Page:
In a world of mega ski resorts, be like Whitewater in Canada

kari medig
Whitewater, British Colmbia. Pic by Kari Medig for DBC.

Nobody wants Whitewater Ski Resort, not the big corporate boys anyway. Everything that makes it great makes it unattractive to the business models of Vail Resorts and Alterra Mountain Company. There is no on mountain lodging (yet), no wifi or cell reception (send cliffs not emails) and an already established (kick ass) food reputation with cafeteria or table service cuisine that is good enough for non skiers and boarders to come from miles away just for lunch. Serve up Starbucks here at your peril.

The gem of a mountain resort twenty minutes from the lakeside ‘hippy’ town of Nelson in British Columbia has terrain to make you weep in a good way, with steep pitches and 2367 accessible acres of lift serviced terrain. Add no lift lines and a base lodge where you can leave your gear unattended and come back to it still there.

Originally founded and built by a group of volunteers who salivated over the fall line skiing and riding and the 12 metres plus of interior BC blower smoke powder, Whitewater is fiercely guarded by those who have been and don’t want anyone else to go (or journalists, like me, to tell others).

They, however, are not the locals. If you’ve experienced the laid back rustic joy of New Zealand’s club fields where nutcracker rope tows powered by stationary tractors drag you up a steep pitch, then you’ll love the vibe of Whitewater. Gone is the original founding Silver King Ski Club rope tow of 1934 driven by the rear axle of a Model T Ford, replaced by three chairlifts in an all new valley but the vibe remains, this is a local’s mountain and if you’ve also spent time in the hills of British Columbia you’ll know these locals are more than friendly.

This is a mountain club built on decades of potluck dinners, working bees, boot packing, side slipping and numerous ski club locations from the north to the south of Nelson until together they discovered the Whitewater Valley in 1974. ‘Development’ went against the commercial grain, keeping tree runs in tact and working with, not against, the natural terrain. The resort HQ as early as 1989 was even still a goat shed on a nearby farm.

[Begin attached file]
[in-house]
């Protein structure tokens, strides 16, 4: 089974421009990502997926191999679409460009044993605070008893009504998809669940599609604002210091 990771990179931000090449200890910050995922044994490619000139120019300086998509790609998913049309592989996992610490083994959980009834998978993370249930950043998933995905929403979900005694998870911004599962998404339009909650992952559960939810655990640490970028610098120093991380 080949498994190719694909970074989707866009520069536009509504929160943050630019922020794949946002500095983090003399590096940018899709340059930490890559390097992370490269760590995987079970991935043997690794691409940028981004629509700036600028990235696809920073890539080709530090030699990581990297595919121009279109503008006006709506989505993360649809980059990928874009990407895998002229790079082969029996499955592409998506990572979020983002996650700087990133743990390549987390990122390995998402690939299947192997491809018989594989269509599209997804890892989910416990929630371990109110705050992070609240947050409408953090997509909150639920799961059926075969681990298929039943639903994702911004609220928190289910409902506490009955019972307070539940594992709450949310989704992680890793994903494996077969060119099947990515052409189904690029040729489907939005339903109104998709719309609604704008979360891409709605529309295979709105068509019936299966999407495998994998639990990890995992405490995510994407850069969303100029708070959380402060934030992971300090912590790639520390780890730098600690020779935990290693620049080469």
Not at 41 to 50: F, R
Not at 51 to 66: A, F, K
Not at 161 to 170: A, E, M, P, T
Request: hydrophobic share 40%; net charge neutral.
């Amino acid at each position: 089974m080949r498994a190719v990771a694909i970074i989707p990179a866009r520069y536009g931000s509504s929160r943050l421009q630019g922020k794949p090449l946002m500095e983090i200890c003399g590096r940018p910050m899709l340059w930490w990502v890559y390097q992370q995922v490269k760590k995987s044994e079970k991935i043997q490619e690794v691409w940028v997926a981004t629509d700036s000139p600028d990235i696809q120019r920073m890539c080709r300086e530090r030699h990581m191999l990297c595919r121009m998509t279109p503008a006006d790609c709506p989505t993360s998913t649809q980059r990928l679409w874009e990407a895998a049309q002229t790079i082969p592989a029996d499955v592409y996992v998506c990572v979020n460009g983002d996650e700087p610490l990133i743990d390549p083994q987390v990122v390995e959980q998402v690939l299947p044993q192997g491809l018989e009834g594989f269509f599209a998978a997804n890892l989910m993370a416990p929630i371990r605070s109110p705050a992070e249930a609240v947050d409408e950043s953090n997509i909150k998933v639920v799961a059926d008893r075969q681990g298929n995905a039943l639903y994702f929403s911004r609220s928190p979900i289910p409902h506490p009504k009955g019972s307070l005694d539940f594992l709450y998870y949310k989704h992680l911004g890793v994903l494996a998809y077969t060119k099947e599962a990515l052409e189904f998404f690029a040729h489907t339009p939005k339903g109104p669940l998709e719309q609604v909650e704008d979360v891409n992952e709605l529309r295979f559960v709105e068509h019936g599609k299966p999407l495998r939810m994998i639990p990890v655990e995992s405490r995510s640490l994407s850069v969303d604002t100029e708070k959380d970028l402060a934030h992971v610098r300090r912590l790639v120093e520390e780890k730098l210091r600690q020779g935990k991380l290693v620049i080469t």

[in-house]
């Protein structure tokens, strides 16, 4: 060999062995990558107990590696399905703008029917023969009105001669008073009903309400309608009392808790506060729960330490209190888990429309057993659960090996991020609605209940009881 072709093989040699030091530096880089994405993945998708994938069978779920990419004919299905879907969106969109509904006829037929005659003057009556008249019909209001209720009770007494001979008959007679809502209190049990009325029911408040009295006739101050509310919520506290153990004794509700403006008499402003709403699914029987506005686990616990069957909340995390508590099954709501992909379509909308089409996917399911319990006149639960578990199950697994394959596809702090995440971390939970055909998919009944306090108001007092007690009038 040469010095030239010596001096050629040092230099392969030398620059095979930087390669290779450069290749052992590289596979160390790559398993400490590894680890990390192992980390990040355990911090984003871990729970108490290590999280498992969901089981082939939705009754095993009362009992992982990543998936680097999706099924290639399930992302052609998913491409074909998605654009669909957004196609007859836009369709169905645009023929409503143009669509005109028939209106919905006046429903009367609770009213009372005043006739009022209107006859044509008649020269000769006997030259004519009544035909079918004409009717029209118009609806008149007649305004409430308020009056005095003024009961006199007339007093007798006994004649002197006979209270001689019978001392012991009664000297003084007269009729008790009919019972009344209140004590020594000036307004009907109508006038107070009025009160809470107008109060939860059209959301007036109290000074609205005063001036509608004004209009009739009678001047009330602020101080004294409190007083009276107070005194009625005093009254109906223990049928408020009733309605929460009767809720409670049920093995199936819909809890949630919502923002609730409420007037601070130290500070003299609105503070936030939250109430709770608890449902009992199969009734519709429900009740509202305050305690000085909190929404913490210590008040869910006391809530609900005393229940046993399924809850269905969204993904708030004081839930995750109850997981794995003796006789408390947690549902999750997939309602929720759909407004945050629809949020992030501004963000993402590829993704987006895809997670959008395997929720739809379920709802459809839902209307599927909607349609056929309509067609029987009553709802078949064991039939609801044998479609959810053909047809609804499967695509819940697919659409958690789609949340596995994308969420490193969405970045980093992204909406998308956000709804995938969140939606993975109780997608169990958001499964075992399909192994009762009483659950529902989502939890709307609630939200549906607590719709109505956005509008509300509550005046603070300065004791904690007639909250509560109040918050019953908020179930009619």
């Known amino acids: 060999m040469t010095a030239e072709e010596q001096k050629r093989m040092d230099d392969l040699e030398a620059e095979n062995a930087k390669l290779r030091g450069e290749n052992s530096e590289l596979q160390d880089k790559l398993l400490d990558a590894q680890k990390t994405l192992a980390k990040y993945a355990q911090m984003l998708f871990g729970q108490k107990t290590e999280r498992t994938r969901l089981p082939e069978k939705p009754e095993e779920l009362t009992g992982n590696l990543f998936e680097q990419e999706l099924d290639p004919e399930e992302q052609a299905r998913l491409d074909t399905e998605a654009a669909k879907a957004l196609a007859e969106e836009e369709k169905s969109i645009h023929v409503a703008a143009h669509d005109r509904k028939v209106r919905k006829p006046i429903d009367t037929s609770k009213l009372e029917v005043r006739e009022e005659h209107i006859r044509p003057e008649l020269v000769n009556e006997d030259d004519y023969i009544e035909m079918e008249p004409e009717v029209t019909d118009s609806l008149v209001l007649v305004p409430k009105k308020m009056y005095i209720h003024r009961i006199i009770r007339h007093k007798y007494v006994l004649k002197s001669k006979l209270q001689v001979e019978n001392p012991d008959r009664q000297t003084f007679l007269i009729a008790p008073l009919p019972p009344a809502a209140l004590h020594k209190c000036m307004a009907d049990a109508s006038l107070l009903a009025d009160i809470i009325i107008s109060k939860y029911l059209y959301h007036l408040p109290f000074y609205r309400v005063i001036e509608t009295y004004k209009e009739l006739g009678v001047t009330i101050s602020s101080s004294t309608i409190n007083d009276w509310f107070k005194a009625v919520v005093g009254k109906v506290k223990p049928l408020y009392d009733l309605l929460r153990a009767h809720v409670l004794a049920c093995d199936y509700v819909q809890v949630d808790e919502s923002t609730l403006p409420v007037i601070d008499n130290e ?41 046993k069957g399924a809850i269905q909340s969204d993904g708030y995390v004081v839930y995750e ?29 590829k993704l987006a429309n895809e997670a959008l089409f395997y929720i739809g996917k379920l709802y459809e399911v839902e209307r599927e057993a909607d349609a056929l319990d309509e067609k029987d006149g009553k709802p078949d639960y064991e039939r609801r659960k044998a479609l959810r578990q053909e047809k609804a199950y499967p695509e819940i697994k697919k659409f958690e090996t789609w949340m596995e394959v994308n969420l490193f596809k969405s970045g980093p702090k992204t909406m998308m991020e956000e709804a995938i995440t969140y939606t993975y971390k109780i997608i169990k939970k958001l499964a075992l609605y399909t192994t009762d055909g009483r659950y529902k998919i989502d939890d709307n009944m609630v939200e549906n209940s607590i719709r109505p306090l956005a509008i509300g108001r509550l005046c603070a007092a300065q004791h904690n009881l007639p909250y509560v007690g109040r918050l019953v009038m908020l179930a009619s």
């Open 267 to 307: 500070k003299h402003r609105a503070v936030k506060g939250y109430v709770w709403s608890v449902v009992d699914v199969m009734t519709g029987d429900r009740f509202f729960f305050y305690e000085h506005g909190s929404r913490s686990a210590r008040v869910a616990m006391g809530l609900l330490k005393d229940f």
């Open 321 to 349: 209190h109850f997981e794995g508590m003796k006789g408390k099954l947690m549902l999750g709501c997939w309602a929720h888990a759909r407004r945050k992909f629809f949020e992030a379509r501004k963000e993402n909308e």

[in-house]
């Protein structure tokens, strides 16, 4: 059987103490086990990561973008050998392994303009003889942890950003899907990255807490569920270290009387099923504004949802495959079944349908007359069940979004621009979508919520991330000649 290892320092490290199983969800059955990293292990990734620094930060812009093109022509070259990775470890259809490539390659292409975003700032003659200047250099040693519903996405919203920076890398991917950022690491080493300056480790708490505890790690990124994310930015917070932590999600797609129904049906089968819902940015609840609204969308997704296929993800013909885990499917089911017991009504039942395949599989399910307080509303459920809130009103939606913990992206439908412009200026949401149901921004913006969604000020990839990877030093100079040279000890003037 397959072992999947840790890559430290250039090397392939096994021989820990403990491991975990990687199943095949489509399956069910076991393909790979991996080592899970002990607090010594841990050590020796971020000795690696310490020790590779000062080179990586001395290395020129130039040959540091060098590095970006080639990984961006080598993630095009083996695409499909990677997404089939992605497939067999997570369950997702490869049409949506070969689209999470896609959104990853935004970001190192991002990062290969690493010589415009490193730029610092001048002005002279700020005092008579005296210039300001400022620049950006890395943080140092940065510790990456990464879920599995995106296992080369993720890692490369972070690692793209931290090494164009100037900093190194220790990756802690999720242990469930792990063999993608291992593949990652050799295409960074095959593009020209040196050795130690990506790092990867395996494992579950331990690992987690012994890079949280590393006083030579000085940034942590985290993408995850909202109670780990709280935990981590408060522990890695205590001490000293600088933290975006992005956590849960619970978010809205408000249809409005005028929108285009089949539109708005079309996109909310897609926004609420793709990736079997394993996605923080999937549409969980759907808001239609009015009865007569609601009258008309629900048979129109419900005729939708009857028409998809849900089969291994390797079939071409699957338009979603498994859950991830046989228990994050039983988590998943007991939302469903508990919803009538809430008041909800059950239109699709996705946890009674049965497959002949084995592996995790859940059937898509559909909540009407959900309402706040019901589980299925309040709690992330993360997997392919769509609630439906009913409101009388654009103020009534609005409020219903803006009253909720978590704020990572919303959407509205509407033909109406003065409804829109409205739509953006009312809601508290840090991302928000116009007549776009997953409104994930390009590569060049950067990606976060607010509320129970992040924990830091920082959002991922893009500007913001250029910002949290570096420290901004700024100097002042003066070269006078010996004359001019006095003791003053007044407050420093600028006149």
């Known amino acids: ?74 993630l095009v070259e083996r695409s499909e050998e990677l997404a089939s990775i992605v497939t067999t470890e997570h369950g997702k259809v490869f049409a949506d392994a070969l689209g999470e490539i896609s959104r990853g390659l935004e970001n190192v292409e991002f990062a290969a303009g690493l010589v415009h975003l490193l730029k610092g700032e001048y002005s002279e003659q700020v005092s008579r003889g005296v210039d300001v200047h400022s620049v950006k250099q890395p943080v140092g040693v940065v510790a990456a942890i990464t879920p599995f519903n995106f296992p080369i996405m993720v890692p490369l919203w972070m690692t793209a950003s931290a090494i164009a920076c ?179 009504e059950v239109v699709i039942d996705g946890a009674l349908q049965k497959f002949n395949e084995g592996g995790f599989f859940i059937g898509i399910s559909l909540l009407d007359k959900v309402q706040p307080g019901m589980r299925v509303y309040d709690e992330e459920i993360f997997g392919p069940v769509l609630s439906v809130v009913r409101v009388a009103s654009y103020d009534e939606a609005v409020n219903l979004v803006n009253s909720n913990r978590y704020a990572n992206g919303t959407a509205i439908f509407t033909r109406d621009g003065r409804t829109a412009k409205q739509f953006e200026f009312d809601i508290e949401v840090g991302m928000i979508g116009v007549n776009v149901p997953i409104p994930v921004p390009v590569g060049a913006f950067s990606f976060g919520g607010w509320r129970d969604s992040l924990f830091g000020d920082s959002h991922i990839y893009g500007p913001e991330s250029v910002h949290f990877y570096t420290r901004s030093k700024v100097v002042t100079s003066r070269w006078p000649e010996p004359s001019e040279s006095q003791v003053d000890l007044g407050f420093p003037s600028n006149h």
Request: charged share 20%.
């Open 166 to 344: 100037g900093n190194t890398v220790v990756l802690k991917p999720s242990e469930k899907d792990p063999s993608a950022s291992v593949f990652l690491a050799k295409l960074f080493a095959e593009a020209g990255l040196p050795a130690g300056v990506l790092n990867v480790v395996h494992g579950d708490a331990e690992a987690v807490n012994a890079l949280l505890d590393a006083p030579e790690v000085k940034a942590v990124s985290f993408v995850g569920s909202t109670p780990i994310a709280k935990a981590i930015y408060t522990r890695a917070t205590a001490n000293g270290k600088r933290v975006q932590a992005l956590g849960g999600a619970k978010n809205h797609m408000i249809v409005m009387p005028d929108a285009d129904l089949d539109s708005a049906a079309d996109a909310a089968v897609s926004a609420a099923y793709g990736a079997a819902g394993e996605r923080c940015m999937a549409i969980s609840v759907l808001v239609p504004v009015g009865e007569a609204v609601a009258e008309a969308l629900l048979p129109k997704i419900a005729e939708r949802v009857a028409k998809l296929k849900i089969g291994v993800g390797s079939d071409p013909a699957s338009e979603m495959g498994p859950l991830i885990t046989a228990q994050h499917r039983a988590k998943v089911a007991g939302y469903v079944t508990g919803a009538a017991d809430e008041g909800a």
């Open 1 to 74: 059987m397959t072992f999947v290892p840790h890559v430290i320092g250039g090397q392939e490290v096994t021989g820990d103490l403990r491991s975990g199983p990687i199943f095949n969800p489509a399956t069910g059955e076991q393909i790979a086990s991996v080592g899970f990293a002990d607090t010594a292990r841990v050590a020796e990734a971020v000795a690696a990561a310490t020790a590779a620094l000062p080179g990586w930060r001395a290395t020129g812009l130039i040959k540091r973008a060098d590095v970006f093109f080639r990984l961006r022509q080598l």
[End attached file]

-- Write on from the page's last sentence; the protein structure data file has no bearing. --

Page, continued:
In 1997 Mike and Shelly Adams purchased the ‘resort’ from the ski club and put Whitewater on the map, not least for the terrain but mostly for the fresh, home cooked food (Shelly in her former life was a Hollywood caterer) that became the inspiration for the Whitewater Cooks book series that is a national best seller. Good skiing fueled by good food served by good locals.

But I’m not here for the food, that comes later. It’s a famed Whitewater powder day, a surprise dump in an unseasonably dry winter.

Despite the promise of face shots, the car park still has spaces and we’re greeted by that Whitewater vibe with have-a-chat regulars.

Anywhere else and you’d think they put Prozac in the water – though one smooth assed powder run later, through perfect pitched trees on a fall line straight to the valley, and we know pharmaceuticals are not required.

The drive in to Whitewater is lined on either side with mountain faces that just scream joy and leave you picking lines left and right before you’ve even hit the resort. Then Glory Ridge chairlift appears on your right as you drive in and you know you won’t need to earn some of the best turns of your skiing life.

The chairlift was installed in 2010 giving easy access to 749 acres formerly known as the backside. Before the chair, locals would take the Summit chair to the top, ski the backside then hitch a ride back to the lodge to do it all again. 

Today the resort is split between three lifts. Vertical here isn’t huge, 623 metres, but it’s about the steep pitch and the terrain offerings from trees to chutes to open bowls that serve up a playground of seriously fun skiing and boarding.